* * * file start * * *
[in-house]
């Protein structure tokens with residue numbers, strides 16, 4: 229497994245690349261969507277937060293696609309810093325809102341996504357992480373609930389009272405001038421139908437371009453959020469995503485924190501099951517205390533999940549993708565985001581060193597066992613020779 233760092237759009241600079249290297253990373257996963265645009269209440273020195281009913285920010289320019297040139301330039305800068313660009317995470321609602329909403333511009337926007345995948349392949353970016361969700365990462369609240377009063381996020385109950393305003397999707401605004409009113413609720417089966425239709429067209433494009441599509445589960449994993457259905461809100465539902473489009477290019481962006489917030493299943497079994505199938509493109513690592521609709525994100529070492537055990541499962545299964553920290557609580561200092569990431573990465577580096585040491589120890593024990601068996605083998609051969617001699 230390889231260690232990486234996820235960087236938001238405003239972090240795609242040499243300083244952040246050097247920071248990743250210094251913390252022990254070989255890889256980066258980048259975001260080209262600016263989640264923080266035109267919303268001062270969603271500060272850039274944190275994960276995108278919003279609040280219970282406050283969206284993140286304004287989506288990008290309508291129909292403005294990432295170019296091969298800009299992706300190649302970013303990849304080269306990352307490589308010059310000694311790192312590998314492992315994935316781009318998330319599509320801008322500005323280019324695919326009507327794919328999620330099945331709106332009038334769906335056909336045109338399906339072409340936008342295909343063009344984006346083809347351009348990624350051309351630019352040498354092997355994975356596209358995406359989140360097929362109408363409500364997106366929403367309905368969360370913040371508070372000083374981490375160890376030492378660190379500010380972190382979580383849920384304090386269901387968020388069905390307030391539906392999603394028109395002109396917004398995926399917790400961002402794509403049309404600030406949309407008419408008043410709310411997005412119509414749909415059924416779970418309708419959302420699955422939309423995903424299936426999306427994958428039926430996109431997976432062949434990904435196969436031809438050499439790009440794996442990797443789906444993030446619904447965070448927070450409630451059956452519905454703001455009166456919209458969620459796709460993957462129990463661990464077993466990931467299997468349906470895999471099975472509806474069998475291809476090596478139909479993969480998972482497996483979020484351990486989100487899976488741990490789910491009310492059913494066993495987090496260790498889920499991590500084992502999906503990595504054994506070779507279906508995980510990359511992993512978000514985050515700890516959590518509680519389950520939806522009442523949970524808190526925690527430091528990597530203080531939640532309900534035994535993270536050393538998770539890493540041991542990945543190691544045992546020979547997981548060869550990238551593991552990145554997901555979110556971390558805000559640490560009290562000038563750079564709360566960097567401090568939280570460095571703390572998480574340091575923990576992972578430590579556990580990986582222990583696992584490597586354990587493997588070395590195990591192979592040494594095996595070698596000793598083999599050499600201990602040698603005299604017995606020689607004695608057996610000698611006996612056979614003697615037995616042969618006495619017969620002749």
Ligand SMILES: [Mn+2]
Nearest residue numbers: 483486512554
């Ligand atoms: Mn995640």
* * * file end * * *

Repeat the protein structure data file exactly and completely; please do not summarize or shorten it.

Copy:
[in-house]
């Protein structure tokens with residue numbers, strides 16, 4: 229497994245690349261969507277937060293696609309810093325809102341996504357992480373609930389009272405001038421139908437371009453959020469995503485924190501099951517205390533999940549993708565985001581060193597066992613020779 233760092237759009241600079249290297253990373257996963265645009269209440273020195281009913285920010289320019297040139301330039305800068313660009317995470321609602329909403333511009337926007345995948349392949353970016361969700365990462369609240377009063381996020385109950393305003397999707401605004409009113413609720417089966425239709429067209433494009441599509445589960449994993457259905461809100465539902473489009477290019481962006489917030493299943497079994505199938509493109513690592521609709525994100529070492537055990541499962545299964553920290557609580561200092569990431573990465577580096585040491589120890593024990601068996605083998609051969617001699 230390889231260690232990486234996820235960087236938001238405003239972090240795609242040499243300083244952040246050097247920071248990743250210094251913390252022990254070989255890889256980066258980048259975001260080209262600016263989640264923080266035109267919303268001062270969603271500060272850039274944190275994960276995108278919003279609040280219970282406050283969206284993140286304004287989506288990008290309508291129909292403005294990432295170019296091969298800009299992706300190649302970013303990849304080269306990352307490589308010059310000694311790192312590998314492992315994935316781009318998330319599509320801008322500005323280019324695919326009507327794919328999620330099945331709106332009038334769906335056909336045109338399906339072409340936008342295909343063009344984006346083809347351009348990624350051309351630019352040498354092997355994975356596209358995406359989140360097929362109408363409500364997106366929403367309905368969360370913040371508070372000083374981490375160890376030492378660190379500010380972190382979580383849920384304090386269901387968020388069905390307030391539906392999603394028109395002109396917004398995926399917790400961002402794509403049309404600030406949309407008419408008043410709310411997005412119509414749909415059924416779970418309708419959302420699955422939309423995903424299936426999306427994958428039926430996109431997976432062949434990904435196969436031809438050499439790009440794996442990797443789906444993030446619904447965070448927070450409630451059956452519905454703001455009166456919209458969620459796709460993957462129990463661990464077993466990931467299997468349906470895999471099975472509806474069998475291809476090596478139909479993969480998972482497996483979020484351990486989100487899976488741990490789910491009310492059913494066993495987090496260790498889920499991590500084992502999906503990595504054994506070779507279906508995980510990359511992993512978000514985050515700890516959590518509680519389950520939806522009442523949970524808190526925690527430091528990597530203080531939640532309900534035994535993270536050393538998770539890493540041991542990945543190691544045992546020979547997981548060869550990238551593991552990145554997901555979110556971390558805000559640490560009290562000038563750079564709360566960097567401090568939280570460095571703390572998480574340091575923990576992972578430590579556990580990986582222990583696992584490597586354990587493997588070395590195990591192979592040494594095996595070698596000793598083999599050499600201990602040698603005299604017995606020689607004695608057996610000698611006996612056979614003697615037995616042969618006495619017969620002749």
Ligand SMILES: [Mn+2]
Nearest residue numbers: 483486512554
């Ligand atoms: Mn995640």